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    Getting back to your initial question. Yes, XTOL is supposed to be more environmentally friendly than most of the other commercially available developers out there, and it is a VERY good developer. There is no problem with XTOL's shelf life either. It's probably your best bet for a safe, reliable, and high quality developer. If you store it as recommended, it will last at least as long as the manufacturer recommends. Stop bath, once diluted, is safe and is even less acidic than vinegar. A very mild, but effective stop bath can be made of citric acid, something you can find in just about any supermarket. Fixer is not really a problem, but some types can smell - mostly of the acetic acid.


    Home made coffee based developer? Well, aside from the fact that it really smells bad, it's not so dependable and takes forever to work. I don't think that's a good idea.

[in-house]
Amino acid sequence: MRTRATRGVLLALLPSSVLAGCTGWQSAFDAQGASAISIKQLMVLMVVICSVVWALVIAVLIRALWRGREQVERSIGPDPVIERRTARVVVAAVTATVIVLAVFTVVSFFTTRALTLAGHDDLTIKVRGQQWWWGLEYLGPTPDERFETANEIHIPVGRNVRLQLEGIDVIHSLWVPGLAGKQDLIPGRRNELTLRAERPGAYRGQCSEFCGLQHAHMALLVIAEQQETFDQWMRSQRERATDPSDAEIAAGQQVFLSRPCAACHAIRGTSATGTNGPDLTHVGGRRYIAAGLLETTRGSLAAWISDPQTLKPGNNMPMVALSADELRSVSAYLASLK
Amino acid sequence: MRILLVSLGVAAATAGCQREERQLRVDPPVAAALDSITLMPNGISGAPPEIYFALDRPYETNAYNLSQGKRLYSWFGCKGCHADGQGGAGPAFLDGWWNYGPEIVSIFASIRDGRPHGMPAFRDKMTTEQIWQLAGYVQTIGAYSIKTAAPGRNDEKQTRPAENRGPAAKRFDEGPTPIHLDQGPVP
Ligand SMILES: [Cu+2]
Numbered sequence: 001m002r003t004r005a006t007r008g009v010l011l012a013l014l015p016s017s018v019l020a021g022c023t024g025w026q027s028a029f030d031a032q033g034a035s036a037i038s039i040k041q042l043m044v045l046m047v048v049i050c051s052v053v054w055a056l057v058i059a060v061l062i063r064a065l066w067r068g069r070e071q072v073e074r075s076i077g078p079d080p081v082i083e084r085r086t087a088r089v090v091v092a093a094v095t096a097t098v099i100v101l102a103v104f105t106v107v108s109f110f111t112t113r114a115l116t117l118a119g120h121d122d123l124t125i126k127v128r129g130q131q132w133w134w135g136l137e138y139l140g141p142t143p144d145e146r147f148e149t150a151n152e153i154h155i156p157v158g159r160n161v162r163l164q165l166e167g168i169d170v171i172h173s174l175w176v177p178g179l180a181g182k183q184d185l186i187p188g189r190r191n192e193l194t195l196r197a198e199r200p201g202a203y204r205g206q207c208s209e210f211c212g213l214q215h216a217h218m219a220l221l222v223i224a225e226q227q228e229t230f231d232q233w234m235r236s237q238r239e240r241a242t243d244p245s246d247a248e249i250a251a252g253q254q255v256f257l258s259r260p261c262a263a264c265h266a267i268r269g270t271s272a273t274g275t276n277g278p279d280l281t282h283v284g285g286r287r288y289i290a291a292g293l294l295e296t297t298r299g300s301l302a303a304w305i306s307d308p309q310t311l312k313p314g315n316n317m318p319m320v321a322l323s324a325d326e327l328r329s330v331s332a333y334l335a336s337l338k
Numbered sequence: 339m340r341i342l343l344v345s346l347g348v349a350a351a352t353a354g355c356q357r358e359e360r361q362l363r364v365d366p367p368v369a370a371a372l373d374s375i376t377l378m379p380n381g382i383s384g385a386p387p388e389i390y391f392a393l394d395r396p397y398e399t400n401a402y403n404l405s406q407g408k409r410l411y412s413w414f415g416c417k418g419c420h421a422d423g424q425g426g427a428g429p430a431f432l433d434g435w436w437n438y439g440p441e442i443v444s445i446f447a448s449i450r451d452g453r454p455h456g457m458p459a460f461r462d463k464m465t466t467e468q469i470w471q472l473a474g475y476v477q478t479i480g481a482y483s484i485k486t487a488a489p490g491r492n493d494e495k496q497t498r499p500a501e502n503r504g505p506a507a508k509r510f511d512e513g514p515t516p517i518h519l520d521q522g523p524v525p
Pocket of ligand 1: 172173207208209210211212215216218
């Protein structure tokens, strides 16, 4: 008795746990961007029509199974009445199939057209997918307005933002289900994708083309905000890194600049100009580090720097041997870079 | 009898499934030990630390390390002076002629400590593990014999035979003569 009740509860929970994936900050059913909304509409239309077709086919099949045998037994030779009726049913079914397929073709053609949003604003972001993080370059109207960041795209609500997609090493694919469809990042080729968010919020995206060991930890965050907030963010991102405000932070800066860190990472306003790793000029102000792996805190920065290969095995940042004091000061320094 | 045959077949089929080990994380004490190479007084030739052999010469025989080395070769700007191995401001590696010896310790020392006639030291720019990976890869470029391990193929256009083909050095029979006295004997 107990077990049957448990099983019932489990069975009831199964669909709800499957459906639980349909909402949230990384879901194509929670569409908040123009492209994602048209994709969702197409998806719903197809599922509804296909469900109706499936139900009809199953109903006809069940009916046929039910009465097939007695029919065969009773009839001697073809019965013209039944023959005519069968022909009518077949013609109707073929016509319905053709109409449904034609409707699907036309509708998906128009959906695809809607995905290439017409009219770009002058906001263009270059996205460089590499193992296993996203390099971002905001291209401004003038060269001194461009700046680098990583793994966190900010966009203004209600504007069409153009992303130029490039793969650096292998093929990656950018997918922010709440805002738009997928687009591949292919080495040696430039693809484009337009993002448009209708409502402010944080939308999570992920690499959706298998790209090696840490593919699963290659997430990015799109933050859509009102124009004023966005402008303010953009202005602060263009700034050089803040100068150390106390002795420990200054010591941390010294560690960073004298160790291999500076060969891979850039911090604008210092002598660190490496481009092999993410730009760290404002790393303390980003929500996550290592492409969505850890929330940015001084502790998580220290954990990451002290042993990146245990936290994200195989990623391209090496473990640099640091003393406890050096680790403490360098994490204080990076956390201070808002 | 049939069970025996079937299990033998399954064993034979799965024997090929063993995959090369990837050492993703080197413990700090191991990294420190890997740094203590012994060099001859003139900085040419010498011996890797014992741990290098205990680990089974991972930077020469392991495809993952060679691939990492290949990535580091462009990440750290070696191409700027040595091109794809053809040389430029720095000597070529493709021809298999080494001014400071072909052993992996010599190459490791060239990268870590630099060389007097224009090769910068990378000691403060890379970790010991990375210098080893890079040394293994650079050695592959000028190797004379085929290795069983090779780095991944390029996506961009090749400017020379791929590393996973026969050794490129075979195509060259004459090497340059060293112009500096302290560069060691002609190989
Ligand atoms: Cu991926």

And when you get down to it, what good is teaching the kids how to develop film without the ability to make prints? Without a full on darkroom, all they'll see are negatives, and that's not going to capture the typical kid's imagination. I even have reservations about them being even moderately enthused about monochrome images. Of course if you have access to a film scanner, you can do something with film that might interest the kids.
     
  16. Nicholas Lindan

    Nicholas Lindan Advertiser Advertiser

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  17. lns

    lns Member

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    I personally chose X-Tol and HC-110 after researching this issue, because I have three kids at home. The Film Developing Cookbook and the Darkroom Cookbook have good information about ingredients and safety.

    X-Tol lasts for me at least 6 months in full glass bottles, so I wouldn't worry about that.

    Now that my kids have progressed to taking darkroom classes themselves, I'd say that the most important thing is teaching them to be careful about putting their hands in the chemicals too much, and to wash up well afterwards.

    -Laura
     
  18. 2F/2F

    2F/2F Member